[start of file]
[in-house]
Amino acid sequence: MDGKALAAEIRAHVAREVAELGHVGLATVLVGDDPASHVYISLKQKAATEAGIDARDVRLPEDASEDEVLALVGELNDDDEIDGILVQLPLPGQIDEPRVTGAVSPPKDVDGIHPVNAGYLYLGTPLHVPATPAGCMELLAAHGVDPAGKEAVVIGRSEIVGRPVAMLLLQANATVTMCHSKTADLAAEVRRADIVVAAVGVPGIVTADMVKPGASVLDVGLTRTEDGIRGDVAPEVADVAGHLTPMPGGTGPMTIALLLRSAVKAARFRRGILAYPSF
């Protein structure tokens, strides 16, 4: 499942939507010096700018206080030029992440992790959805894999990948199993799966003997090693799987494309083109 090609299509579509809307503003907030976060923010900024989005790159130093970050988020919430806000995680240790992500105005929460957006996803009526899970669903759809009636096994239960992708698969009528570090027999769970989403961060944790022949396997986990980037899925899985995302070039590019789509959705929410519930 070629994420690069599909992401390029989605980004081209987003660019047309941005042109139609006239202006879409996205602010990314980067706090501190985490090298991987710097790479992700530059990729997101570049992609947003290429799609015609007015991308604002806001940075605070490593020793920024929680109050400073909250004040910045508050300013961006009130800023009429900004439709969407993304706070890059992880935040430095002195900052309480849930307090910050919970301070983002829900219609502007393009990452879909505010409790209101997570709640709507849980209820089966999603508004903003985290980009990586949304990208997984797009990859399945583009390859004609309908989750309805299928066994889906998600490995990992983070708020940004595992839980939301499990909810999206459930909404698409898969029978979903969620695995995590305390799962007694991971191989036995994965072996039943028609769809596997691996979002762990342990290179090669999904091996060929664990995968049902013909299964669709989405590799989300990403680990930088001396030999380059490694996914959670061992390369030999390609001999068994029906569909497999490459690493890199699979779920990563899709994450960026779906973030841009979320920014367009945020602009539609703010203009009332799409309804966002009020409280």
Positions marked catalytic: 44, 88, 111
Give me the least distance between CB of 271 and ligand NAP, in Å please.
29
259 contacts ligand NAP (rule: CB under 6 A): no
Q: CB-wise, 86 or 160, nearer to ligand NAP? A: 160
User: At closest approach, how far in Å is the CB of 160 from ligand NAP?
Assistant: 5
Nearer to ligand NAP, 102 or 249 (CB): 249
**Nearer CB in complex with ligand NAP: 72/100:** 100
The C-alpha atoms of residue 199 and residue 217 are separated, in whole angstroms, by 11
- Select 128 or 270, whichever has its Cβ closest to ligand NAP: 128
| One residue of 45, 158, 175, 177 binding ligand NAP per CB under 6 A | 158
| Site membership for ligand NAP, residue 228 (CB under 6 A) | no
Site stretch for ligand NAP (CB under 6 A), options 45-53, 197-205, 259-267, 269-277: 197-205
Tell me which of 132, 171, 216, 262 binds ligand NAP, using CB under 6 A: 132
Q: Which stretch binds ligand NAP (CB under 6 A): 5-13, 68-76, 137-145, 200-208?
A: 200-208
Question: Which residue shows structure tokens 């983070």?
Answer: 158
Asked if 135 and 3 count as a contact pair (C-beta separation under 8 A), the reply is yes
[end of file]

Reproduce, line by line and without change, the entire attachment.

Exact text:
[in-house]
Amino acid sequence: MDGKALAAEIRAHVAREVAELGHVGLATVLVGDDPASHVYISLKQKAATEAGIDARDVRLPEDASEDEVLALVGELNDDDEIDGILVQLPLPGQIDEPRVTGAVSPPKDVDGIHPVNAGYLYLGTPLHVPATPAGCMELLAAHGVDPAGKEAVVIGRSEIVGRPVAMLLLQANATVTMCHSKTADLAAEVRRADIVVAAVGVPGIVTADMVKPGASVLDVGLTRTEDGIRGDVAPEVADVAGHLTPMPGGTGPMTIALLLRSAVKAARFRRGILAYPSF
């Protein structure tokens, strides 16, 4: 499942939507010096700018206080030029992440992790959805894999990948199993799966003997090693799987494309083109 090609299509579509809307503003907030976060923010900024989005790159130093970050988020919430806000995680240790992500105005929460957006996803009526899970669903759809009636096994239960992708698969009528570090027999769970989403961060944790022949396997986990980037899925899985995302070039590019789509959705929410519930 070629994420690069599909992401390029989605980004081209987003660019047309941005042109139609006239202006879409996205602010990314980067706090501190985490090298991987710097790479992700530059990729997101570049992609947003290429799609015609007015991308604002806001940075605070490593020793920024929680109050400073909250004040910045508050300013961006009130800023009429900004439709969407993304706070890059992880935040430095002195900052309480849930307090910050919970301070983002829900219609502007393009990452879909505010409790209101997570709640709507849980209820089966999603508004903003985290980009990586949304990208997984797009990859399945583009390859004609309908989750309805299928066994889906998600490995990992983070708020940004595992839980939301499990909810999206459930909404698409898969029978979903969620695995995590305390799962007694991971191989036995994965072996039943028609769809596997691996979002762990342990290179090669999904091996060929664990995968049902013909299964669709989405590799989300990403680990930088001396030999380059490694996914959670061992390369030999390609001999068994029906569909497999490459690493890199699979779920990563899709994450960026779906973030841009979320920014367009945020602009539609703010203009009332799409309804966002009020409280």
Positions marked catalytic: 44, 88, 111
Give me the least distance between CB of 271 and ligand NAP, in Å please.
29
259 contacts ligand NAP (rule: CB under 6 A): no
Q: CB-wise, 86 or 160, nearer to ligand NAP? A: 160
User: At closest approach, how far in Å is the CB of 160 from ligand NAP?
Assistant: 5
Nearer to ligand NAP, 102 or 249 (CB): 249
**Nearer CB in complex with ligand NAP: 72/100:** 100
The C-alpha atoms of residue 199 and residue 217 are separated, in whole angstroms, by 11
- Select 128 or 270, whichever has its Cβ closest to ligand NAP: 128
| One residue of 45, 158, 175, 177 binding ligand NAP per CB under 6 A | 158
| Site membership for ligand NAP, residue 228 (CB under 6 A) | no
Site stretch for ligand NAP (CB under 6 A), options 45-53, 197-205, 259-267, 269-277: 197-205
Tell me which of 132, 171, 216, 262 binds ligand NAP, using CB under 6 A: 132
Q: Which stretch binds ligand NAP (CB under 6 A): 5-13, 68-76, 137-145, 200-208?
A: 200-208
Question: Which residue shows structure tokens 């983070």?
Answer: 158
Asked if 135 and 3 count as a contact pair (C-beta separation under 8 A), the reply is yes